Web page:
Both Thomas and Byron are incomparable wordsmiths whose works are often complete capsules of literary perfection.

DT does pose a philosophical dilemma here. Does one accept death, or try to rage against it? I'm caught in the paradox myself although living forever is not an option I'd choose either.

I know Dylan Thomas wrote this to his father to fight against death: "Do not go gentle into that good night". As the wise might rage against death until they have the answers they sought in life and proof their journey has purpose, so could I "rage against the dying of the light".

Will I and will you is the unasked question.

This poem was also read for John F Kennedy and it suits that time in my mind and the belief that "good men" are taken despite our rage against death and a promise of Camelot unfulfilled.

Grave men I believe are those who understand death but are not willing to accept it. They are burdened with this understanding of death. Poets like DT come under the category of grave men who "see with blinding sight"
"And you, my father, there on the sad height,
Curse, bless, me now with your fierce tears, I pray
Do not go gentle into that good night.
Rage, rage against the dying of the light."
The good father and his grave poet son. No wonder we relate so well.

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Post by TheHumanoid » Sun Sep 11, 2005 8:39 pm

I just wanted to add something about this poem. I am currently teaching a poetry unit with my 8th grade students. The first week was about learning the literary terms, (i.e. metaphors, alliterations, couplets, etc...). Last week, we studied Form in poetry, which is where this comment fits in. I am doing cooperative learning, where I break the kids into groups and they each learn a certain form in poetry and then they come back to teach everyone what they've learned. I have about ten different forms going on. One of them being the Villanelle. Of course, I didn't pass up the opportunity to use "Do Not Go Gentle Into That Good Night" as an example of a Villanelle. Well, I have to say, every group that I have given that poem to has absolutely eaten it up. It has provided them with some amazing disuccions on fathers, death and the male role. I just wanted to reinforce the fact that this poem is by far one of the most underrated pieces of artwork in history and it's a shame that no literature book of mine has published it. I couldn't believe the discussions my kids were having and I owe it all to the craft of Dylan Thomas.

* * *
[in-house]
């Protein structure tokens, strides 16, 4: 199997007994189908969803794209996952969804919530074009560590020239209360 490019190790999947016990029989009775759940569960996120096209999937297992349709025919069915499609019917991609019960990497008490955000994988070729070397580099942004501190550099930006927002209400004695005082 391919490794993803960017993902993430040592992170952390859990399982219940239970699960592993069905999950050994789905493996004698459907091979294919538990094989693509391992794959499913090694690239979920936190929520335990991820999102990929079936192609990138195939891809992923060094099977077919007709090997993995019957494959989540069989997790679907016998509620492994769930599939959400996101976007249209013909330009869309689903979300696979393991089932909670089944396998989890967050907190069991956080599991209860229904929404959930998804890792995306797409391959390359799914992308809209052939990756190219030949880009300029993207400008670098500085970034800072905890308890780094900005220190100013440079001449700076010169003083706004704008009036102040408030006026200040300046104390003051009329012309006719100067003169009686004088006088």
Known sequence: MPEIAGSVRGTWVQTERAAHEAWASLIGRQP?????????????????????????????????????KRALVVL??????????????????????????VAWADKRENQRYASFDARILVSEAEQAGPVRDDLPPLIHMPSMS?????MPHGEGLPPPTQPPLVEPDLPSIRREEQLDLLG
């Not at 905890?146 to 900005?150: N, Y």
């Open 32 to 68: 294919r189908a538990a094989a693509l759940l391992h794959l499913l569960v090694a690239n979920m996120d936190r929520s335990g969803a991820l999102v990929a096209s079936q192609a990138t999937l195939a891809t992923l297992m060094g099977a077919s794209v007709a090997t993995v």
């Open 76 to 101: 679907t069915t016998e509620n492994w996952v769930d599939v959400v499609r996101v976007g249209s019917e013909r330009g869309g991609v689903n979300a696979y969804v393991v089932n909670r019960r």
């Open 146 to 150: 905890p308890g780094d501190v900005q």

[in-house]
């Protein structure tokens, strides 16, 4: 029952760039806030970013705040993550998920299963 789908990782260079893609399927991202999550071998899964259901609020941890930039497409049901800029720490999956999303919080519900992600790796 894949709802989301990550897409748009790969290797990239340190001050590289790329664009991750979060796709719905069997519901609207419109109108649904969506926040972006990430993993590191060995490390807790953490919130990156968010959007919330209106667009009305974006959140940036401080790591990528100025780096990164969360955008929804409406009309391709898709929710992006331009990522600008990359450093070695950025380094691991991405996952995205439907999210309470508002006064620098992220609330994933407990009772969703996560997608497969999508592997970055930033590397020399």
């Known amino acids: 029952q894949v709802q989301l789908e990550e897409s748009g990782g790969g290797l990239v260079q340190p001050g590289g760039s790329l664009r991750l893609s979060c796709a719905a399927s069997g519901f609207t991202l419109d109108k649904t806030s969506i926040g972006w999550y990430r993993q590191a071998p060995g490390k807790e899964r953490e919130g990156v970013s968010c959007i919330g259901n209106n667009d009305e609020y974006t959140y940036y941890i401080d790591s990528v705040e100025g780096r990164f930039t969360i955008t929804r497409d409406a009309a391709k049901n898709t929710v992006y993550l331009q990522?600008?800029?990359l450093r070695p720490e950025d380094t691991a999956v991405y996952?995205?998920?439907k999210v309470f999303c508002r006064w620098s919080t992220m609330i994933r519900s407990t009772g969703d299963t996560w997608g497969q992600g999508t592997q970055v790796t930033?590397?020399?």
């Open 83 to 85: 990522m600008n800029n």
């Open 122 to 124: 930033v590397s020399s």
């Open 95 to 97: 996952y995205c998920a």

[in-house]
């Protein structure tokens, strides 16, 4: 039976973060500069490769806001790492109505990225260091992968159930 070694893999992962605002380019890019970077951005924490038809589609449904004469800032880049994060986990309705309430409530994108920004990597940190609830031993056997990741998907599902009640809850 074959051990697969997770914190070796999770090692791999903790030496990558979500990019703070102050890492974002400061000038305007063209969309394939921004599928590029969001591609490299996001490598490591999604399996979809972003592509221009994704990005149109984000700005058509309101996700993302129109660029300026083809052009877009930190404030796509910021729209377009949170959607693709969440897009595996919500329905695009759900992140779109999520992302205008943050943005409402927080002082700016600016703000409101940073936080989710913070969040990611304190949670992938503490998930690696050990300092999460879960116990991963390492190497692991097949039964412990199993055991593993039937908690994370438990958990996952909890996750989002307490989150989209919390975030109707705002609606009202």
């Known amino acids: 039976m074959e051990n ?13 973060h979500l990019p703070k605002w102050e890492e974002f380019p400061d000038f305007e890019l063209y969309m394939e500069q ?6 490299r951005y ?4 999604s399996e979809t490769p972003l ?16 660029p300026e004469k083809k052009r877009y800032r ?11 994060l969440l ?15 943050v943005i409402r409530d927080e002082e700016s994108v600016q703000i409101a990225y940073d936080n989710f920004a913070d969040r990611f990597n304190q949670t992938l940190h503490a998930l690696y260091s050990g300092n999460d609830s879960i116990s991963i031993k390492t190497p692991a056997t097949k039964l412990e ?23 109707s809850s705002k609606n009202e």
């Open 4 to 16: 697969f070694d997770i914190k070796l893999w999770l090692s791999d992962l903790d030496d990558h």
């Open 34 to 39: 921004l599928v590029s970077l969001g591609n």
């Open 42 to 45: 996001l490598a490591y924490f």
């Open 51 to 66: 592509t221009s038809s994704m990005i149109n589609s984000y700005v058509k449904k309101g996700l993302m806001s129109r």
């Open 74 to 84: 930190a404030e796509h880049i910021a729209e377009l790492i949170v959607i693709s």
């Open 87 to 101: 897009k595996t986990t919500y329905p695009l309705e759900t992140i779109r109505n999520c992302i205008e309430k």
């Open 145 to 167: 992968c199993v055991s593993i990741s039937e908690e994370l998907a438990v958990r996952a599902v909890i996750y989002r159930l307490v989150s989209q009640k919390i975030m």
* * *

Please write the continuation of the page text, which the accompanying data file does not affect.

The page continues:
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heinzs
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Post by heinzs » Mon Sep 12, 2005 12:41 am

:cool: :cool: :cool:
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Post by AlluraD » Mon Sep 12, 2005 10:18 am

Thank you for sharing this one...such a gift to have memory gently nudged. This was one of my father's favorite poems...I gave him a small volume of "A Child's Christmas In Wales" once, very long ago...it was a gift he cherished...more because it meant enough to me to give it to him I think. He was a very proud Welshman.
Classical poetry is achingly beautiful to me. Thank you again~
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Post by ninian » Tue Sep 13, 2005 9:13 pm

oh i'm glad you posted this heinzs, i, too, love it...

i've also heard it recited by Thomas, amazing...

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heinzs
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Post by heinzs » Mon Jan 16, 2006 8:44 pm

:cool:
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me and the king

Post by me and the king » Wed Jan 18, 2006 8:45 am

Dylan Tomas is a nice poet
one of my favorite
glad to see him here
thanks

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Post by negatvone » Wed Jan 18, 2006 8:49 am

This has always been one of my favorite pens. If I remember correctly, I posted this one in the Open Discussion topic I started dubbed "Post A Link". Excellent choice for an example, Heinz.